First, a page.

March of the Penguin
Linux gaming is looking up thanks to online support and SteamOSon October 3, 2013 at 8:00 am
Our good friend Jim Pezzetti of Unicorn Soup has been there, done that on the Linux gaming scene. He shares his thoughts on how to get in on it, and what SteamOS means for the future of the DIYers. This is the first entry in our State of the User series, exploring where gamers are now in terms of hardware, and where they plan to go this next generation.
Consoles offer a relatively worry-free solution to gaming; however, this ease of use comes with a cost. Indie games, mods, custom and fan-made maps, alternative distribution methods, backwards-compatibility and unusual or highly customized control schemes are all off the table, as well as reasonable pricing.
PC gaming has all of those things at the cost of requiring the user to learn how her system works (to a small degree), so that he can modify it to run a recalcitrant game. The less the user knows about tinkering under the hood, the more he will have to shell out to upgrade hardware to keep his frames flowing smoothly.
In the console world, you either have the console that will run the game, or you don’t. In the PC world, it’s a bit more of a continuum. Tweaks and tinkering can make a game run on a machine that doesn’t quite fit the recommended specs. Games can be run flawlessly, or run with some number of sacrifices at varying levels of quality, if the hardware or software is not exactly supported.
Linux gaming has the same spectrum as PC gaming, only with a greater number of titles that might require tinkering, because most AAA titles aren’t released for Linux. This doesn’t mean they’re off limits. It means you fire up Wine and emulate Windows. Users should also be a little more careful purchasing hardware for Linux machines – it’s not going to say on the box whether your new treasure will run smoothly with Linux. The vast majority of equipment out there will be fine – but not everything will run at peak performance in a non-Windows environment.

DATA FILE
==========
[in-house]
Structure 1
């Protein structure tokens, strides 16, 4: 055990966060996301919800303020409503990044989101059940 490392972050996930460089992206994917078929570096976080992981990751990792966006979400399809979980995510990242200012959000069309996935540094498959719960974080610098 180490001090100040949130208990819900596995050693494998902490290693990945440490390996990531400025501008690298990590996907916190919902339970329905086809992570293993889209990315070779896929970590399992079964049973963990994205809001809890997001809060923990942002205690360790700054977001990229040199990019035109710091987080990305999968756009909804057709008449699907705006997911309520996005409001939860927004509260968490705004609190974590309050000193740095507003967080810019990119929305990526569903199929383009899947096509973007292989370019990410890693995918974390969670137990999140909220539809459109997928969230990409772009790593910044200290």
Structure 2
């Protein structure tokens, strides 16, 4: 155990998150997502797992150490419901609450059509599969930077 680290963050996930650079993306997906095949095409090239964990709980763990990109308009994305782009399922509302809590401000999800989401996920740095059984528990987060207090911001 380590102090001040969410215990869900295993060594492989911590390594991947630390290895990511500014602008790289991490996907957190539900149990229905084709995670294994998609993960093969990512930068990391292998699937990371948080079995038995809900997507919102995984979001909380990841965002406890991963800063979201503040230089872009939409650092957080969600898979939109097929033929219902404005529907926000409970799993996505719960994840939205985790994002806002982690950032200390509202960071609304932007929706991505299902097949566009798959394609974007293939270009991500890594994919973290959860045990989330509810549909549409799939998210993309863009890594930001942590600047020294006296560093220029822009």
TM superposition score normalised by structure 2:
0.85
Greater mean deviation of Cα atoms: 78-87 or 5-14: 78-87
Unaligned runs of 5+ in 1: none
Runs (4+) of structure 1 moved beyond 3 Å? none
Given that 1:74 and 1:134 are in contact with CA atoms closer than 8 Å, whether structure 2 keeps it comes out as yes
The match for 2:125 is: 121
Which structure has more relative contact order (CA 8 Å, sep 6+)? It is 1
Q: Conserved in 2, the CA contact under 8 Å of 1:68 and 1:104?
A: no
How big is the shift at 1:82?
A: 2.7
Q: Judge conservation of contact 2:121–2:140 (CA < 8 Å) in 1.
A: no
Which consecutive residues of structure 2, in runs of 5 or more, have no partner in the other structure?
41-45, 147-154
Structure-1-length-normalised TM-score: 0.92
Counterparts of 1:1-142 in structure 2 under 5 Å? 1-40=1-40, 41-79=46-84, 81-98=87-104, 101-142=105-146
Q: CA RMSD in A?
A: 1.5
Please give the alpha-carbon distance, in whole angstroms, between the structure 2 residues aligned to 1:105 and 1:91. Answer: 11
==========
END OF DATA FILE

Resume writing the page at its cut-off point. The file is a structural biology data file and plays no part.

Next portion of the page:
Windows isn’t the only environment that can be emulated. I’ve recently been experimenting with running my old PS2 games on my Linux box, now that my console isn’t performing properly. NES, Super NES, Genesis – pretty much all the old consoles can be emulated in Linux, as well as older operating systems, MS-DOS included.
I switched to Linux years ago because I was sick of Windows breaking and bogging down constantly, and unwilling to continue upgrading hardware – not because the old component was broken, but because Windows considered it obsolete (in other words, Microsoft’s sloppy “one size fits all” approach was increasing their demands on hardware performance exponentially). Linux systems can be tailored to do exactly what you want them to, thus avoiding bloatware, with the result of hardware performing smoothly well beyond its Windows freshness date.
This doesn’t mean you have to become some sort of guru or power user to run Linux. If you’ve got an internet connection, all the help you need to make your game run is a Google search away. Linux sports several thriving communities dedicated to helping each other. Advice for solving your problems and making your next hardware or software purchase is also abundant online. There are several different interfaces that will help you install a Windows game and configure your emulator to run it smoothly, with different degrees of hand-holding.
With Valve’s recent announcements, it seems like all of this is only going to get easier. An operating system specifically designed to run games, a line of hardware designed to flawlessly work with that operating system, and the first significant innovation in control interfaces in years? All good news for those folks who are still afraid to get their feet wet. Of those announcements, I’m most interested in Valve’s hints that they’ve got tons of AAA titles lined up to actually support the OS; I’m already a Linux gamer, so it just means more time running Steam natively, rather than in a virtual machine for those Windows games that insist on Direct X.
So if you’re interested in learning how your toys work, are able to retain bowel control at the sight of a command-line interface, and capable of making a Google search, then Linux is a viable alternative for gaming, either in the desk chair or on the couch. Download an ISO and make a live CD or bootable USB drive, and you can take the OS out for a spin without making any changes to your hard drive.
It ain’t rocket science, and it’s only gonna get easier.